Club zeroing in on Draft options for first round

Club zeroing in on Draft options for first round

SEATTLE -- White Sox director of amateur scouting Doug Laumann said the team has narrowed its list to five or six players for the 17th selection in Thursday night's first round of the 2013 First-Year Player Draft.

"I've never gone through a Draft where every single option you have is taken away from you," said Laumann during a Tuesday conference call, adding that his staff is confident with the 10 or 12 guys going ahead of the White Sox. "We know enough about the guys ahead of us. We are real confident one of the guys will remain available and we'll get a guy we really like."

Laumann said that both general manager Rick Hahn and executive vice president Ken Williams have been involved in the process and the meetings taking place in Chicago over the past few days. This is Hahn's first Draft in charge and will show his imprint, but the marching orders haven't changed for taking a player with impact.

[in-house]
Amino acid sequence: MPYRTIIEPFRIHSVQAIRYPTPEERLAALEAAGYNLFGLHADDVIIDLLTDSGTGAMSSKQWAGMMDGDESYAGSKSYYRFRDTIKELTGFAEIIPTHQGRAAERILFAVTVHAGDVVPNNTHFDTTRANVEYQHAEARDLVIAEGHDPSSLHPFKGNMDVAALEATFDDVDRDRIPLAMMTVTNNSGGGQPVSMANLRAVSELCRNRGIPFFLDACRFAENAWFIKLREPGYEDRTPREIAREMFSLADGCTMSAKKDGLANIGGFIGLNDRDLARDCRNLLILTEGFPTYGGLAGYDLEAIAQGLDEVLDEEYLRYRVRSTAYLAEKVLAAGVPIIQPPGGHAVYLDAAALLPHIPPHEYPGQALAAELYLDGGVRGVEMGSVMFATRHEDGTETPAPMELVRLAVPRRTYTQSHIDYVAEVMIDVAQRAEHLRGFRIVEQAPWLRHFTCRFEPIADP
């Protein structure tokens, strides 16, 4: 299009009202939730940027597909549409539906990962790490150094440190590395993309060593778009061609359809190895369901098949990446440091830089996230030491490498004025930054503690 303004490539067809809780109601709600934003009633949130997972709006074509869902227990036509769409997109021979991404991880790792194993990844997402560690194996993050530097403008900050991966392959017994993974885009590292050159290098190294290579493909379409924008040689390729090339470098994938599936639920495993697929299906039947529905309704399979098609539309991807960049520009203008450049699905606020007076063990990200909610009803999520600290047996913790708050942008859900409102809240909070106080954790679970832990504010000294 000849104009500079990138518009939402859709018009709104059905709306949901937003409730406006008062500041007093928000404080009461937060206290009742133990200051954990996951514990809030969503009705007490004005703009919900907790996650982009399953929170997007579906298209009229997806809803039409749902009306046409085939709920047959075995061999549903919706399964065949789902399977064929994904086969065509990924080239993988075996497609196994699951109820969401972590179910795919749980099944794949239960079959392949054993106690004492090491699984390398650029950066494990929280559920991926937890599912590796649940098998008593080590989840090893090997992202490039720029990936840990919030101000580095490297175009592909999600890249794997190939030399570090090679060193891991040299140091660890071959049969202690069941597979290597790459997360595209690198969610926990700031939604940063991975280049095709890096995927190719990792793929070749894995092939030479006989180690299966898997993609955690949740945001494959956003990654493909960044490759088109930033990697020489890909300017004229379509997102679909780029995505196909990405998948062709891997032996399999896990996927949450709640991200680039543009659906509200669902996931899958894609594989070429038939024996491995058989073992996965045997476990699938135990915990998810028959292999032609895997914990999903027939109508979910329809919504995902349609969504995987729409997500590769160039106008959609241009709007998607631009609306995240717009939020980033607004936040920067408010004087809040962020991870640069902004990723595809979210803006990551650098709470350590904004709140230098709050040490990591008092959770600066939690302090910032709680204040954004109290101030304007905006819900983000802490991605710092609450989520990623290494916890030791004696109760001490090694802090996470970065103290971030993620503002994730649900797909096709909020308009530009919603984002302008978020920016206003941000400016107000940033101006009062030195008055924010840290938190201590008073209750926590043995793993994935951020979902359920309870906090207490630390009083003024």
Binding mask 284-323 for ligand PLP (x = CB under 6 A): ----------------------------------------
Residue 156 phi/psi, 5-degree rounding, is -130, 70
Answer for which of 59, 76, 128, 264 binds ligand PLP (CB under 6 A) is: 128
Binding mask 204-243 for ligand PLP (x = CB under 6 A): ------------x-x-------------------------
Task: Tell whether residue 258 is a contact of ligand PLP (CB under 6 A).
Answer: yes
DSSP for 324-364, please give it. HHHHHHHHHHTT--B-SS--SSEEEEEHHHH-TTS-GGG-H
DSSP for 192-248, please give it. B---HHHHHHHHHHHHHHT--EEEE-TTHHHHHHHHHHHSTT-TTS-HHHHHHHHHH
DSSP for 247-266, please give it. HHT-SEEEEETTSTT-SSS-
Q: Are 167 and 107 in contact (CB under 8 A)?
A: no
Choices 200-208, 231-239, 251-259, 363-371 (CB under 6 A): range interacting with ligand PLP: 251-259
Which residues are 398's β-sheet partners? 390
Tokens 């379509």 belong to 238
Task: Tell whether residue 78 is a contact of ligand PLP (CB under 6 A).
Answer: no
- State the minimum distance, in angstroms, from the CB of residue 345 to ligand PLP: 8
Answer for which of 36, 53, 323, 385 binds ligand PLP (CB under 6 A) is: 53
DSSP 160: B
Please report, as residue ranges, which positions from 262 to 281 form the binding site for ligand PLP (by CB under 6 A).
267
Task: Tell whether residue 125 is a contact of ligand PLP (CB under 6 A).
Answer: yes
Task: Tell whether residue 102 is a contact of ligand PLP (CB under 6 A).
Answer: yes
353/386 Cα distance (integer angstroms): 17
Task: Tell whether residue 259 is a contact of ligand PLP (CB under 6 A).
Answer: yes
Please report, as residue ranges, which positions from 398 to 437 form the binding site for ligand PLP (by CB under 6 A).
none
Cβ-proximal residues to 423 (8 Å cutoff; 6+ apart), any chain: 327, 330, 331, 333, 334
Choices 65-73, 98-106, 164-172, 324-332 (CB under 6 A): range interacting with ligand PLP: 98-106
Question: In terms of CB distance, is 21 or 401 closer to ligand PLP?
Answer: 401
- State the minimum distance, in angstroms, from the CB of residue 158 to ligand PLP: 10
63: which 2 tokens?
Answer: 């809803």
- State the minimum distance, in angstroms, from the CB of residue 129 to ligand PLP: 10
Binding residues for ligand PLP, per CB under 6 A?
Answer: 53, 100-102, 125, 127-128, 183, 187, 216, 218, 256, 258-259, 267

That player could be a high-school middle infielder or college pitcher. But Laumann believes the team can get someone with a high upside and someone who is signable as well.

"We might have one guy and I'd rather not comment on any specifics, one guy we deem to be a superior talent that for more than just signability reasons might slide a little bit," Laumann said. "We are going to have to play that game, if the percentages of taking that risk to get him signed outweigh getting the guy we want. We are going to get a guy we want and can sign and address things we need to get done."

As for the team's second-round pick at No. 55, Laumann joked that he felt good about that pick until he started putting his board together. He told the story of a past Draft during which the White Sox had to decide between two players for a particular early pick and the guy they didn't take was available to them in the next round. So, it's even more speculative at that stage than the first round.

Scott Merkin is a reporter for Read his blog, Merk's Works, and follow him on Twitter @scottmerkin. This story was not subject to the approval of Major League Baseball or its clubs.